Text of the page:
I was wandering through the library today for English lesson today, and I saw this book called “The Child That Books Built” by Francis Spufford. I flipped through it, and something in it made me have goosebumps to stand on my back.
It was sort of those moments that made me think about my childhood. My mom loved books, and we used to have a room dedicated to books. I loved reading about the grim brother’s stories, and tons of other fairy tales. I have gone through one of the hardest times in my life by reading books after books. Savoring the taste of the first book and diving into the second one without any waste of time.
The book starts off with, ” I can always tell when you’re reading somewhere in the house,” my mother used to say. “There’s a special silence, a reading silence.” I never heard…
View original post 458 more words
In which a student is forced, by the most draconian means (“Read this for next week.”), to read Anne Carson’s Antigonick.
Student: IN A NUTSHELL: PEOPLE WERE REALLY DEPRESSED BACK IN THE DAY.
Well, yes, there will be many humans at Word on the Street; the best Humans, however, will be the copies of To Be Human Again.
Sunday, September 24th
235 Queens Quay W, Toronto, ON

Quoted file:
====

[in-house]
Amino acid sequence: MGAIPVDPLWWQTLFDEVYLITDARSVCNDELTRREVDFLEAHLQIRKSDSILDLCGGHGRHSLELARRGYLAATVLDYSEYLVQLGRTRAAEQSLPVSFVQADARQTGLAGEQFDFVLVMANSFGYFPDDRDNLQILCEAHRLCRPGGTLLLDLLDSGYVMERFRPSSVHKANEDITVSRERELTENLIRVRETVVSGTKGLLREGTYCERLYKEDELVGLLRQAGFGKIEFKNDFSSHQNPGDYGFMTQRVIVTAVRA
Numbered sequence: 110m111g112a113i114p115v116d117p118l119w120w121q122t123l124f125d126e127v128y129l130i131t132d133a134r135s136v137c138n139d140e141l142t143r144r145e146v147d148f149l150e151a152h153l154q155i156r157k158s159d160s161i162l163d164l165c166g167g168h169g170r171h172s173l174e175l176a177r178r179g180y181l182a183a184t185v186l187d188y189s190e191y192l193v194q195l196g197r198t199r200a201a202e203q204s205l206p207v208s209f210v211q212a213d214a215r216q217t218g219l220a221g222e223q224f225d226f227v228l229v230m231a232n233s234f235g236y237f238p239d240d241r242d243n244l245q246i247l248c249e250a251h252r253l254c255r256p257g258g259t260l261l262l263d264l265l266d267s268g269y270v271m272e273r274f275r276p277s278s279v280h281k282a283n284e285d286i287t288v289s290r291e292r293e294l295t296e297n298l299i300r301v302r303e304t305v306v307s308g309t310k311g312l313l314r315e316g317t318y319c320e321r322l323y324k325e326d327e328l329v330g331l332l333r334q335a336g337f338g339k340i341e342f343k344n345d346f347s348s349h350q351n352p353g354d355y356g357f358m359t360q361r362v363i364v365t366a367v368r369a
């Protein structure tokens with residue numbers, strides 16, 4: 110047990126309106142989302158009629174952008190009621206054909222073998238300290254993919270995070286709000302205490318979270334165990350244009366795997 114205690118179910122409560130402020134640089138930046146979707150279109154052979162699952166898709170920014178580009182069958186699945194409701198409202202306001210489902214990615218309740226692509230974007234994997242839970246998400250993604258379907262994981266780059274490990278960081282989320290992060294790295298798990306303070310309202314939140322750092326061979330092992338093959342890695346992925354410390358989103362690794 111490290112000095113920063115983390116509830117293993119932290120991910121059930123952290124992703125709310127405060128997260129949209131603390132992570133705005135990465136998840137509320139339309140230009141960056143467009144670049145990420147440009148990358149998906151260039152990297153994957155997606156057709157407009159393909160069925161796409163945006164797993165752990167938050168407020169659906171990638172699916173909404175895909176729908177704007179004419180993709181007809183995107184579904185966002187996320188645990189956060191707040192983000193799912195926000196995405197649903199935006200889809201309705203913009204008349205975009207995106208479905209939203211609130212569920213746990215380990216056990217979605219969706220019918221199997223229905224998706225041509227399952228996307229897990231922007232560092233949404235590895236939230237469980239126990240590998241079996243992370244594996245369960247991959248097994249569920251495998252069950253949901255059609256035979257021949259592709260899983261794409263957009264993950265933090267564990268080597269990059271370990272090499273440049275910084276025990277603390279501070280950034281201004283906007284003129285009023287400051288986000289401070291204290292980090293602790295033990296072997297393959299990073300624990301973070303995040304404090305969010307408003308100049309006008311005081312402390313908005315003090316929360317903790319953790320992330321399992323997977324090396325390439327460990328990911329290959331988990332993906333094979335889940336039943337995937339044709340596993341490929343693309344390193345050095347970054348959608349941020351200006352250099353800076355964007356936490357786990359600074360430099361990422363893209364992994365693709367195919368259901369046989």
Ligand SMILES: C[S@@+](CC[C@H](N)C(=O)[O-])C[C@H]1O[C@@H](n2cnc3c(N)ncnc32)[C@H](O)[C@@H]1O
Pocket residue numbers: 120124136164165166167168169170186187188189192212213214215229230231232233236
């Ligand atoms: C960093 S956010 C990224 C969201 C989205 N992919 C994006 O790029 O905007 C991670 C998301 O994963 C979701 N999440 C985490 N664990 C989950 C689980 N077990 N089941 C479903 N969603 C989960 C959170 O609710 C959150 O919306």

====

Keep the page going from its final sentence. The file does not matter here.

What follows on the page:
Me an’ my Humans will be at the Fringe Beat. Look for Salmacis’ Press.
It’s the beginning of this school year, and we again come to that eternal conundrum of civilisation: Who is a good student?
- a good student views the beginning and ending of the school year as a mere change in schedule
- a good student has a schedule, but also knows when the schedule can/should be tossed out the window
- a good student is organised, even if the method of organisation is comprehensible only to them
- a good student knows how they learn best
- a good student does concern themselves with grades received, but only to keep track of their personal progress; sometimes an A+ is the only acceptable grade, and at other times a C- is the goal
- a good student understands that teachers can open the door but cannot make the student walk through it
- a good student knows what makes their heart thud with happiness
- a good student can come to terms with what boredom they must suffer in order to achieve the happiness that makes their heart thud
- a good student will say “I already know that” because their inherent compulsion to learn will have them bursting to follow that sentence with “Teach me more”
- a good student knows that age has no bearing on who is the teacher and who is the student
- a good student has no limits, no prejudice, no fear
Me: Your homework was to find a poem you like–seeing as you’re being rather persnickety about poems.
Student: I found one. It’s Ben Jonson’s A Fit of Rhyme against Rhyme.
Me: Good choice. So, tell me about Ben Jonson.
Student: He’s a modern poet. I can tell ’cause he’s good. Not like that J. Alfred Prufrock guy.
September 24, 2017 at Harbourfront, 11:00 to 6:00.
To Be Human Again will be available from Salmacis’ Press on the Fringe Beat.
On Sunday, September 24, I’ll be at Word on the Street. I’ll have To Be Human Again with me. (It’s a good thing to have.)